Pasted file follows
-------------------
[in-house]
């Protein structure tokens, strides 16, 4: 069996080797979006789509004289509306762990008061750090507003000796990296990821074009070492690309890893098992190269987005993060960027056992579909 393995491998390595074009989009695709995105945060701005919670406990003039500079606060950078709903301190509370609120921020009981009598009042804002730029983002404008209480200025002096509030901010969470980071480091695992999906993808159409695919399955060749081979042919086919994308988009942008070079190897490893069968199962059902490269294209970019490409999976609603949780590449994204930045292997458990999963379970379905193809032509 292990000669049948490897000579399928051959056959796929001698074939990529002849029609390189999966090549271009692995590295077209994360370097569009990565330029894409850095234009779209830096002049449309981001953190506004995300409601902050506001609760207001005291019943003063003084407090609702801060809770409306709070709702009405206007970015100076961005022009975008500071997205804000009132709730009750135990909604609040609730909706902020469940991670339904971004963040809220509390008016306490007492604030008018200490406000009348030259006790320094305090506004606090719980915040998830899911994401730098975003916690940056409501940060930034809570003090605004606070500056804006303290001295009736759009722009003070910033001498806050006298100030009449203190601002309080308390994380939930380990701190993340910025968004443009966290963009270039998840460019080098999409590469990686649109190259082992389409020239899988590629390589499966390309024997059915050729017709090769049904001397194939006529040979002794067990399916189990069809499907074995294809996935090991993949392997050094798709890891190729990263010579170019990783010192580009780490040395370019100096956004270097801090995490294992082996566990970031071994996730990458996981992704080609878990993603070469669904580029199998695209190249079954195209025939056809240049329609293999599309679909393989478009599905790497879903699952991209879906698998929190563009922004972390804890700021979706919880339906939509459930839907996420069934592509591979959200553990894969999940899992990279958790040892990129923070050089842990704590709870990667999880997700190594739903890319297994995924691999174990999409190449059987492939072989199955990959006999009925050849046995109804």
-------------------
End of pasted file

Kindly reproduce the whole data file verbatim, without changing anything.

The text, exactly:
[in-house]
């Protein structure tokens, strides 16, 4: 069996080797979006789509004289509306762990008061750090507003000796990296990821074009070492690309890893098992190269987005993060960027056992579909 393995491998390595074009989009695709995105945060701005919670406990003039500079606060950078709903301190509370609120921020009981009598009042804002730029983002404008209480200025002096509030901010969470980071480091695992999906993808159409695919399955060749081979042919086919994308988009942008070079190897490893069968199962059902490269294209970019490409999976609603949780590449994204930045292997458990999963379970379905193809032509 292990000669049948490897000579399928051959056959796929001698074939990529002849029609390189999966090549271009692995590295077209994360370097569009990565330029894409850095234009779209830096002049449309981001953190506004995300409601902050506001609760207001005291019943003063003084407090609702801060809770409306709070709702009405206007970015100076961005022009975008500071997205804000009132709730009750135990909604609040609730909706902020469940991670339904971004963040809220509390008016306490007492604030008018200490406000009348030259006790320094305090506004606090719980915040998830899911994401730098975003916690940056409501940060930034809570003090605004606070500056804006303290001295009736759009722009003070910033001498806050006298100030009449203190601002309080308390994380939930380990701190993340910025968004443009966290963009270039998840460019080098999409590469990686649109190259082992389409020239899988590629390589499966390309024997059915050729017709090769049904001397194939006529040979002794067990399916189990069809499907074995294809996935090991993949392997050094798709890891190729990263010579170019990783010192580009780490040395370019100096956004270097801090995490294992082996566990970031071994996730990458996981992704080609878990993603070469669904580029199998695209190249079954195209025939056809240049329609293999599309679909393989478009599905790497879903699952991209879906698998929190563009922004972390804890700021979706919880339906939509459930839907996420069934592509591979959200553990894969999940899992990279958790040892990129923070050089842990704590709870990667999880997700190594739903890319297994995924691999174990999409190449059987492939072989199955990959006999009925050849046995109804």